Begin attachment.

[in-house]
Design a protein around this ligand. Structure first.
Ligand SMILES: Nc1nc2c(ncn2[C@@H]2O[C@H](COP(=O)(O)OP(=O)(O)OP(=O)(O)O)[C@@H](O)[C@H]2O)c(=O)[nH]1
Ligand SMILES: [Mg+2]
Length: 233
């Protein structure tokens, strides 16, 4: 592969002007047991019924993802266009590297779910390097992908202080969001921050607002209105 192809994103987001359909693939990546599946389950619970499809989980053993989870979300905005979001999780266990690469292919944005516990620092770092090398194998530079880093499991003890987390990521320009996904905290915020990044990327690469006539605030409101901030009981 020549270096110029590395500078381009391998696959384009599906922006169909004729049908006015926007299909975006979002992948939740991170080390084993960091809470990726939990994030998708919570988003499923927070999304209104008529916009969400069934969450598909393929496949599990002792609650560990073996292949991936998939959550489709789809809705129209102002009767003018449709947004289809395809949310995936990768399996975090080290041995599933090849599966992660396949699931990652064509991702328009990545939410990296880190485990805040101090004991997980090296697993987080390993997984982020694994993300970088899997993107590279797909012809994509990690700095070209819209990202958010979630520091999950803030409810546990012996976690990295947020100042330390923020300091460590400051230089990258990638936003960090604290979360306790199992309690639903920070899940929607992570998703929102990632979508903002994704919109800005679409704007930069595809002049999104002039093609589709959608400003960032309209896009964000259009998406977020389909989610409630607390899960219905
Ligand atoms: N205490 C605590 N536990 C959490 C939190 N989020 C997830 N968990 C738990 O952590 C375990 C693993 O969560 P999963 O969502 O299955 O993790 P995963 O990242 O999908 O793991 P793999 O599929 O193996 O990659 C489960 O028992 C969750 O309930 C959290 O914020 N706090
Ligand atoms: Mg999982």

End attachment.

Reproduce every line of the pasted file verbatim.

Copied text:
[in-house]
Design a protein around this ligand. Structure first.
Ligand SMILES: Nc1nc2c(ncn2[C@@H]2O[C@H](COP(=O)(O)OP(=O)(O)OP(=O)(O)O)[C@@H](O)[C@H]2O)c(=O)[nH]1
Ligand SMILES: [Mg+2]
Length: 233
């Protein structure tokens, strides 16, 4: 592969002007047991019924993802266009590297779910390097992908202080969001921050607002209105 192809994103987001359909693939990546599946389950619970499809989980053993989870979300905005979001999780266990690469292919944005516990620092770092090398194998530079880093499991003890987390990521320009996904905290915020990044990327690469006539605030409101901030009981 020549270096110029590395500078381009391998696959384009599906922006169909004729049908006015926007299909975006979002992948939740991170080390084993960091809470990726939990994030998708919570988003499923927070999304209104008529916009969400069934969450598909393929496949599990002792609650560990073996292949991936998939959550489709789809809705129209102002009767003018449709947004289809395809949310995936990768399996975090080290041995599933090849599966992660396949699931990652064509991702328009990545939410990296880190485990805040101090004991997980090296697993987080390993997984982020694994993300970088899997993107590279797909012809994509990690700095070209819209990202958010979630520091999950803030409810546990012996976690990295947020100042330390923020300091460590400051230089990258990638936003960090604290979360306790199992309690639903920070899940929607992570998703929102990632979508903002994704919109800005679409704007930069595809002049999104002039093609589709959608400003960032309209896009964000259009998406977020389909989610409630607390899960219905
Ligand atoms: N205490 C605590 N536990 C959490 C939190 N989020 C997830 N968990 C738990 O952590 C375990 C693993 O969560 P999963 O969502 O299955 O993790 P995963 O990242 O999908 O793991 P793999 O599929 O193996 O990659 C489960 O028992 C969750 O309930 C959290 O914020 N706090
Ligand atoms: Mg999982």